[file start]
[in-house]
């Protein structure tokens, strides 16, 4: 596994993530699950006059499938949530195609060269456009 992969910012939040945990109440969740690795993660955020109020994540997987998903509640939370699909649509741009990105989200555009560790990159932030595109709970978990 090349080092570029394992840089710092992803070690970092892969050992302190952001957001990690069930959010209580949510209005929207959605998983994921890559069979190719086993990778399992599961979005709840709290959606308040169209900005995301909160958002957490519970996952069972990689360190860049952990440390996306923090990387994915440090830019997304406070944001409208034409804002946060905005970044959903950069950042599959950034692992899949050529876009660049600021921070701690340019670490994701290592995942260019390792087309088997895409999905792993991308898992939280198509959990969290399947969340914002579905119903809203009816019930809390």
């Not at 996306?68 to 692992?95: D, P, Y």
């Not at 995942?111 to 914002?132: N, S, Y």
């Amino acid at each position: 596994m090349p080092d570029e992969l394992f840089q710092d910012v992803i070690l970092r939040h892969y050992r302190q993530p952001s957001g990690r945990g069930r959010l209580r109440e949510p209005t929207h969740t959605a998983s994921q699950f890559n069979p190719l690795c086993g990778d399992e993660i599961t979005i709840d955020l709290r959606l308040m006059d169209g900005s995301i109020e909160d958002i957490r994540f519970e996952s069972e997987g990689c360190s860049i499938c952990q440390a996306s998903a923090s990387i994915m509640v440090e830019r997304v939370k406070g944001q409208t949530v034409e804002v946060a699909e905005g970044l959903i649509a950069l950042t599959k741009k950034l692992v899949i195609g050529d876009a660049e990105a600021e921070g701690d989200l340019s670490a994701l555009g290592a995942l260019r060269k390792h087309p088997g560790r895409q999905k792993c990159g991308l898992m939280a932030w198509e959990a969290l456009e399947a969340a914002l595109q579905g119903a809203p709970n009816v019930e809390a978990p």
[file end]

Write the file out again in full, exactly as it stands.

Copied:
[in-house]
């Protein structure tokens, strides 16, 4: 596994993530699950006059499938949530195609060269456009 992969910012939040945990109440969740690795993660955020109020994540997987998903509640939370699909649509741009990105989200555009560790990159932030595109709970978990 090349080092570029394992840089710092992803070690970092892969050992302190952001957001990690069930959010209580949510209005929207959605998983994921890559069979190719086993990778399992599961979005709840709290959606308040169209900005995301909160958002957490519970996952069972990689360190860049952990440390996306923090990387994915440090830019997304406070944001409208034409804002946060905005970044959903950069950042599959950034692992899949050529876009660049600021921070701690340019670490994701290592995942260019390792087309088997895409999905792993991308898992939280198509959990969290399947969340914002579905119903809203009816019930809390």
């Not at 996306?68 to 692992?95: D, P, Y």
């Not at 995942?111 to 914002?132: N, S, Y």
């Amino acid at each position: 596994m090349p080092d570029e992969l394992f840089q710092d910012v992803i070690l970092r939040h892969y050992r302190q993530p952001s957001g990690r945990g069930r959010l209580r109440e949510p209005t929207h969740t959605a998983s994921q699950f890559n069979p190719l690795c086993g990778d399992e993660i599961t979005i709840d955020l709290r959606l308040m006059d169209g900005s995301i109020e909160d958002i957490r994540f519970e996952s069972e997987g990689c360190s860049i499938c952990q440390a996306s998903a923090s990387i994915m509640v440090e830019r997304v939370k406070g944001q409208t949530v034409e804002v946060a699909e905005g970044l959903i649509a950069l950042t599959k741009k950034l692992v899949i195609g050529d876009a660049e990105a600021e921070g701690d989200l340019s670490a994701l555009g290592a995942l260019r060269k390792h087309p088997g560790r895409q999905k792993c990159g991308l898992m939280a932030w198509e959990a969290l456009e399947a969340a914002l595109q579905g119903a809203p709970n009816v019930e809390a978990p």